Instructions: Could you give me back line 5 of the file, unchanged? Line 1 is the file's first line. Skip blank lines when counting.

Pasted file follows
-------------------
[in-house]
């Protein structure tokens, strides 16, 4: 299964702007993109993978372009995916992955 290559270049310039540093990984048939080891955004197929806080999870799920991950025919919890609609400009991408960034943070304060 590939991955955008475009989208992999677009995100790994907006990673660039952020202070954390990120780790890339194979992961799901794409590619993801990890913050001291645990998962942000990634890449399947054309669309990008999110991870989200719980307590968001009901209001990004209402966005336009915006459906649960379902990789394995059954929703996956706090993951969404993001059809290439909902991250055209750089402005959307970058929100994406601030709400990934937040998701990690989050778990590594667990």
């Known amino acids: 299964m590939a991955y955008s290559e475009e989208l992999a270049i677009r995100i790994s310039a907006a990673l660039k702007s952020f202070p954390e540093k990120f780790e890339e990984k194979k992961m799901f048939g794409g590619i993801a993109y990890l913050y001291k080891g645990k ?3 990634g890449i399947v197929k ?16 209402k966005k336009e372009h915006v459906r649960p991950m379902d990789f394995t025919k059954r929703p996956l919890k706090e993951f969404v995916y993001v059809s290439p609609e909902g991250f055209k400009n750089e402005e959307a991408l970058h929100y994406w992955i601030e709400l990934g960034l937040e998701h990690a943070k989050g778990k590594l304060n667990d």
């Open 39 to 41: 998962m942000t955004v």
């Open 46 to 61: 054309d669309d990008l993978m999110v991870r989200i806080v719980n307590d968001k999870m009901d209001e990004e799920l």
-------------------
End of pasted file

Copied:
């Open 46 to 61: 054309d669309d990008l993978m999110v991870r989200i806080v719980n307590d968001k999870m009901d209001e990004e799920l």